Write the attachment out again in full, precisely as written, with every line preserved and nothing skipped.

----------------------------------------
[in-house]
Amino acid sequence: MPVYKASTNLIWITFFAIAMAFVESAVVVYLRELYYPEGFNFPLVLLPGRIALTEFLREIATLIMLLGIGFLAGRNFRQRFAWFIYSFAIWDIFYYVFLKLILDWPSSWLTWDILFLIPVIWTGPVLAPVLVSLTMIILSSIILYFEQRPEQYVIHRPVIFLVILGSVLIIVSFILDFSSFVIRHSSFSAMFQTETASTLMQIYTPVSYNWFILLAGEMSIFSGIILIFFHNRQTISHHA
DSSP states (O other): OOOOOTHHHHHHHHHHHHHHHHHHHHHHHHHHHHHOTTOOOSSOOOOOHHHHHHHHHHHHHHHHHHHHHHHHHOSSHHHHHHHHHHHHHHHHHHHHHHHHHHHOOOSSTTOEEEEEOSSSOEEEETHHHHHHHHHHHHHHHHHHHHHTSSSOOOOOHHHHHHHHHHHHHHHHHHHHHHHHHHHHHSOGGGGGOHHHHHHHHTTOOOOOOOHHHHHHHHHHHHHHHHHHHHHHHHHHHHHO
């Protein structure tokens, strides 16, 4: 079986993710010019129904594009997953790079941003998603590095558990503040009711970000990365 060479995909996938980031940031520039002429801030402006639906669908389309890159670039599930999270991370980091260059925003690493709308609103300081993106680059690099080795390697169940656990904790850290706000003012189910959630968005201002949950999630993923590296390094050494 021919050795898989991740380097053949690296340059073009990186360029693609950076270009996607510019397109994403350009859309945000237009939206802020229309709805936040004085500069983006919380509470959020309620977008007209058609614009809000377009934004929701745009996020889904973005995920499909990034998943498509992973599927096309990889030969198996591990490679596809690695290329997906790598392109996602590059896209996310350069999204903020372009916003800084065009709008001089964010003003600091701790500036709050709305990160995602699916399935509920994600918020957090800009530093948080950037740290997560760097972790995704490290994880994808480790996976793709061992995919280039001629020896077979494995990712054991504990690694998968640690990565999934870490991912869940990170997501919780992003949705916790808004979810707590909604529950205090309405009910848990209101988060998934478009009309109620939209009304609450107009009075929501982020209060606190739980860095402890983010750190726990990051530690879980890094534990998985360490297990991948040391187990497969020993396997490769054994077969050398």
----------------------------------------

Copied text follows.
[in-house]
Amino acid sequence: MPVYKASTNLIWITFFAIAMAFVESAVVVYLRELYYPEGFNFPLVLLPGRIALTEFLREIATLIMLLGIGFLAGRNFRQRFAWFIYSFAIWDIFYYVFLKLILDWPSSWLTWDILFLIPVIWTGPVLAPVLVSLTMIILSSIILYFEQRPEQYVIHRPVIFLVILGSVLIIVSFILDFSSFVIRHSSFSAMFQTETASTLMQIYTPVSYNWFILLAGEMSIFSGIILIFFHNRQTISHHA
DSSP states (O other): OOOOOTHHHHHHHHHHHHHHHHHHHHHHHHHHHHHOTTOOOSSOOOOOHHHHHHHHHHHHHHHHHHHHHHHHHOSSHHHHHHHHHHHHHHHHHHHHHHHHHHHOOOSSTTOEEEEEOSSSOEEEETHHHHHHHHHHHHHHHHHHHHHTSSSOOOOOHHHHHHHHHHHHHHHHHHHHHHHHHHHHHSOGGGGGOHHHHHHHHTTOOOOOOOHHHHHHHHHHHHHHHHHHHHHHHHHHHHHO
């Protein structure tokens, strides 16, 4: 079986993710010019129904594009997953790079941003998603590095558990503040009711970000990365 060479995909996938980031940031520039002429801030402006639906669908389309890159670039599930999270991370980091260059925003690493709308609103300081993106680059690099080795390697169940656990904790850290706000003012189910959630968005201002949950999630993923590296390094050494 021919050795898989991740380097053949690296340059073009990186360029693609950076270009996607510019397109994403350009859309945000237009939206802020229309709805936040004085500069983006919380509470959020309620977008007209058609614009809000377009934004929701745009996020889904973005995920499909990034998943498509992973599927096309990889030969198996591990490679596809690695290329997906790598392109996602590059896209996310350069999204903020372009916003800084065009709008001089964010003003600091701790500036709050709305990160995602699916399935509920994600918020957090800009530093948080950037740290997560760097972790995704490290994880994808480790996976793709061992995919280039001629020896077979494995990712054991504990690694998968640690990565999934870490991912869940990170997501919780992003949705916790808004979810707590909604529950205090309405009910848990209101988060998934478009009309109620939209009304609450107009009075929501982020209060606190739980860095402890983010750190726990990051530690879980890094534990998985360490297990991948040391187990497969020993396997490769054994077969050398």